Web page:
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Copy-Protected CDs Taken Back
by Chris Oakes - Wired

BMG Germany says it has a major piracy problem on its hands, blaming rampant copying of audio CDs for a drop in music sales. That's why the German division of the U.S. record label decided to give copy-protection technology a try.

The company debuted the first copy-protected audio CDs last week in German music stores.

No go.

By week's end, the company was faced with a backlash from consumers complaining that some of the copy-protected CDs were unplayable.

"The consumers started getting back saying it doesn't play on car CD players and several types of normal players," said Matthias Immel, head of product coordination and new media at BMG Germany. "We were really shocked."

Approximately 100,000 protected CDs were sold, and 3 to 4 percent were returned, Immel said.

Copy-protection technology is meant to prevent computer users from copying music CDs, but it has yet to see widespread deployment in commercial CDs. The BMG test was limited to the German market.

Immel said the company's CD supplier felt confident that the copy protection technology, Cactus Data Shield, developed by Israeli software firm Midbar would not cause problems with players.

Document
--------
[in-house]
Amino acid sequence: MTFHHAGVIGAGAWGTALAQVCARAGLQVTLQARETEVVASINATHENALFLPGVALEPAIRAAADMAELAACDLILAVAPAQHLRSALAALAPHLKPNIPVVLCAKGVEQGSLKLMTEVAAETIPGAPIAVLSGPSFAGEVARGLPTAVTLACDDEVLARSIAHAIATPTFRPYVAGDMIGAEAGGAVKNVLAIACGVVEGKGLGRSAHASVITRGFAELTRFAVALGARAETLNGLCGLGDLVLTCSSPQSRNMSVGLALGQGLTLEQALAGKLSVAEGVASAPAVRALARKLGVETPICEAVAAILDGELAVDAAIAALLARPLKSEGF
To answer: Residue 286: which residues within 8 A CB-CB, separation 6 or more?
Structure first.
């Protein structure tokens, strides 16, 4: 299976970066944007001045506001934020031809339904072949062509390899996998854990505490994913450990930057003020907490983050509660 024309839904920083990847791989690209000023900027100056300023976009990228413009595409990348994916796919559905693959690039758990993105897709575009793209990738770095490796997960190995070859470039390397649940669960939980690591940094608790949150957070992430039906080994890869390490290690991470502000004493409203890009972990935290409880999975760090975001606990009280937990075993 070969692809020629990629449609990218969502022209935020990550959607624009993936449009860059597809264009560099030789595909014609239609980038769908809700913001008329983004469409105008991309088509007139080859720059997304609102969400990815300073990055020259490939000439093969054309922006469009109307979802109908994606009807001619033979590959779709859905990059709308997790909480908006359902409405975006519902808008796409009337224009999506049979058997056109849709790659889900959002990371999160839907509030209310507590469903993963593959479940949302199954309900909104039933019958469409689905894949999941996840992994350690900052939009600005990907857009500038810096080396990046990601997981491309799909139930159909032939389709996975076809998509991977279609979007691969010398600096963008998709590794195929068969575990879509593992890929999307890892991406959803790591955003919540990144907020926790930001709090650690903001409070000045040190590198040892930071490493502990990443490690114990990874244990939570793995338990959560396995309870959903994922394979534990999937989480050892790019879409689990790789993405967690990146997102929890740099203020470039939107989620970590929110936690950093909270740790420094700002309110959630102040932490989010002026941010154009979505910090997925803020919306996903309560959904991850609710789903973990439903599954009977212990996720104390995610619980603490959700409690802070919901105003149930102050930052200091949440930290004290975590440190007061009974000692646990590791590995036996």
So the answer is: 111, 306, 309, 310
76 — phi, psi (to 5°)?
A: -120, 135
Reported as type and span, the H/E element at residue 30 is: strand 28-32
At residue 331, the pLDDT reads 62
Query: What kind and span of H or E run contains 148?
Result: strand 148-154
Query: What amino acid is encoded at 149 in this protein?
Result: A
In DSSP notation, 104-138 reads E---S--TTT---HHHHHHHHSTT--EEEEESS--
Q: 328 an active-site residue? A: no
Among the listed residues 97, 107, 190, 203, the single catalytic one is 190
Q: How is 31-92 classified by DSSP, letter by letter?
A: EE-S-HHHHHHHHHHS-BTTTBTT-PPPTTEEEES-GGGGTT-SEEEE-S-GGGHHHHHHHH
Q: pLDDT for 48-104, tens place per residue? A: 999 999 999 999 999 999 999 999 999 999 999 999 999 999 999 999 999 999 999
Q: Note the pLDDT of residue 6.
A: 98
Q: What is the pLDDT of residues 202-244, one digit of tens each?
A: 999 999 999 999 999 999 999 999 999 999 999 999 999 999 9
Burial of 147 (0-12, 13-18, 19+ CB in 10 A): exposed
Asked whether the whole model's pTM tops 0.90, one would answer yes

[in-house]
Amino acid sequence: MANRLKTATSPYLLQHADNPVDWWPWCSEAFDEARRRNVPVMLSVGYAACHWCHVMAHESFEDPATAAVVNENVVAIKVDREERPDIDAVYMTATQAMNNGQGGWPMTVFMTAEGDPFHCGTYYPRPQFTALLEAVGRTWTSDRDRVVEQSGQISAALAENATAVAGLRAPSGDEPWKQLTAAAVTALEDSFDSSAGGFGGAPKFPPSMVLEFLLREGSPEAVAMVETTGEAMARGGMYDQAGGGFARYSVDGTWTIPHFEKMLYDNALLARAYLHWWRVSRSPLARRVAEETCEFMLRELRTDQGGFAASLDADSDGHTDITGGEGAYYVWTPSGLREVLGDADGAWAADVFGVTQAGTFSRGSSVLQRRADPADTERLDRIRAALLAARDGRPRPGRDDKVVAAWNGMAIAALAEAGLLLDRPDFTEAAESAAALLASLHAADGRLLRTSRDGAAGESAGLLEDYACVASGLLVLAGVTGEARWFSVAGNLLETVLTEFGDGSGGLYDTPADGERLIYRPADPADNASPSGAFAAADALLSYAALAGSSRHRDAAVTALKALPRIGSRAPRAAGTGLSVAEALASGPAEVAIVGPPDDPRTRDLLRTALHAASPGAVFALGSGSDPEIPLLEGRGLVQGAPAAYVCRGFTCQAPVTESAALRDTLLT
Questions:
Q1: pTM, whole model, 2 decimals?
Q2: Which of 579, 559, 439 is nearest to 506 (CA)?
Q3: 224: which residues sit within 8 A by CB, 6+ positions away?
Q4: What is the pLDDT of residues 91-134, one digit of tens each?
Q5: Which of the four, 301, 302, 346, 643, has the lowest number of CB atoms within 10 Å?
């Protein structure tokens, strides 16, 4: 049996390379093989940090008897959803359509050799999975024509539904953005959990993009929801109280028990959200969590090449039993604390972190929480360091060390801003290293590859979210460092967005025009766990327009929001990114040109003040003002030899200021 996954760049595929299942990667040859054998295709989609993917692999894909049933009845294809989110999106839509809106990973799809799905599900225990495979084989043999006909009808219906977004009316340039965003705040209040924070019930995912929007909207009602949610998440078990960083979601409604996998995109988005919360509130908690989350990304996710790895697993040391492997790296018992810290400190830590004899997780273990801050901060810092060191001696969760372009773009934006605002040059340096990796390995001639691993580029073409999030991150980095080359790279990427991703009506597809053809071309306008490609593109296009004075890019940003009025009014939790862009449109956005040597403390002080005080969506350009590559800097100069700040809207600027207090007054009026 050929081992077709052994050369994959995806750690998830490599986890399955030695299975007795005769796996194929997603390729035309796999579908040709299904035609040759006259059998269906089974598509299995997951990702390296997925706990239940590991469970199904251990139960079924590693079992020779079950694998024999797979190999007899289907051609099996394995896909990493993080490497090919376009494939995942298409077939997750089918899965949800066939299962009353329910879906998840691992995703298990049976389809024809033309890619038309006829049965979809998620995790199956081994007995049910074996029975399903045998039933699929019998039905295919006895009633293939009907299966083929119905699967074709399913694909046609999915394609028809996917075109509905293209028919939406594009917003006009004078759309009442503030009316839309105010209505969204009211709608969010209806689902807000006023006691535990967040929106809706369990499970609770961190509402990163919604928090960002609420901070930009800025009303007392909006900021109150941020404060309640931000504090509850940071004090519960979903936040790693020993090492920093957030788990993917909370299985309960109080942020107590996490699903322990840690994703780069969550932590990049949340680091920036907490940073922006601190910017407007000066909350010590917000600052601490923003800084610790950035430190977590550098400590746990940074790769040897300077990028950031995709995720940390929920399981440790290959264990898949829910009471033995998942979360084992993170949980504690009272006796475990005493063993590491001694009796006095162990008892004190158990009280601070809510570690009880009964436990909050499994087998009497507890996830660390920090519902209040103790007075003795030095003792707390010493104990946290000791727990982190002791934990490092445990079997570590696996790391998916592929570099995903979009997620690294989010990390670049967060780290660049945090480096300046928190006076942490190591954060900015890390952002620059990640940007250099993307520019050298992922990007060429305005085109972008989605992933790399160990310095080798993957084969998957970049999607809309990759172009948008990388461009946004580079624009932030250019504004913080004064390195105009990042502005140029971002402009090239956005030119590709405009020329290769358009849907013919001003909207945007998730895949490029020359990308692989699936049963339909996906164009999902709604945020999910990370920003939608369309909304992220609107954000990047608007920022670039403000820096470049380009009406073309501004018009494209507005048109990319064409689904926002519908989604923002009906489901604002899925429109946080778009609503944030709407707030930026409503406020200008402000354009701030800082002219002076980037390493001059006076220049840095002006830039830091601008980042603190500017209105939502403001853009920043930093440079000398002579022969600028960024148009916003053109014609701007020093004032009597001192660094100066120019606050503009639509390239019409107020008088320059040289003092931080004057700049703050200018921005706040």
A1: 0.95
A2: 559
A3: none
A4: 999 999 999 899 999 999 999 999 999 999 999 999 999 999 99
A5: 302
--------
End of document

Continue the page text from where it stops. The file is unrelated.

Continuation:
After testing the copy-locked CDs on 1,000 different players, BMG Germany issued two new rock titles on 24 January. One was from the popular band Him, whose CD immediately became the No. 1 seller in Germany.

Just as quickly, the company got the word from frustrated consumers. BMG stopped the trial late last week and shipped additional orders of the CDs without copy-protection.

"We wouldn't have done it if it had been clear to us that we would have problems," Immel said. "We don't want consumers to be upset."

Immel said music piracy caused a 9.8 percent slump in sales during the first six months of 1999 over the same period in 1998, citing figures from the International Federation of the Phonographic Industry.

"The more or less obvious reason for the shrinking market is the CD burner issue here," he said.

BMG Germany plans to give copy protection another go. Immel said the company will work with Midbar to develop an alternative CD protection scheme.

Gene Hoffman, founder and CEO digital music distributor EMusic questioned whether piracy was really to blame for the sales decline.

"The ability to copy CDs has been around for at least a year," Hoffman said. "What is the true underlying cause of that decrease in sales? Is it really piracy?"

A critic of copy protection, he said BMG's failed effort was a harbinger for digital music copy-protection schemes such as SDMI.

"With copy protection you drive up the failure rate," Hoffman said. "And I don't think that's going to be acceptable to real customers who are putting out money to buy content."

If piracy is the problem, enforcement of anti-piracy laws -- and fairer pricing of music in the first place -- are better solutions, according to Hoffman.

He further predicted that other copy-protection schemes -- most notably the still-missing Secure Digital Music Initiative -- would suffer a similar fate in the market.

SDMI representatives were not immediately available for comment.

"It's a cost-benefit to the company. If copy protection can drive 50 percent more sales, then maybe it's worth it," Hoffman said.




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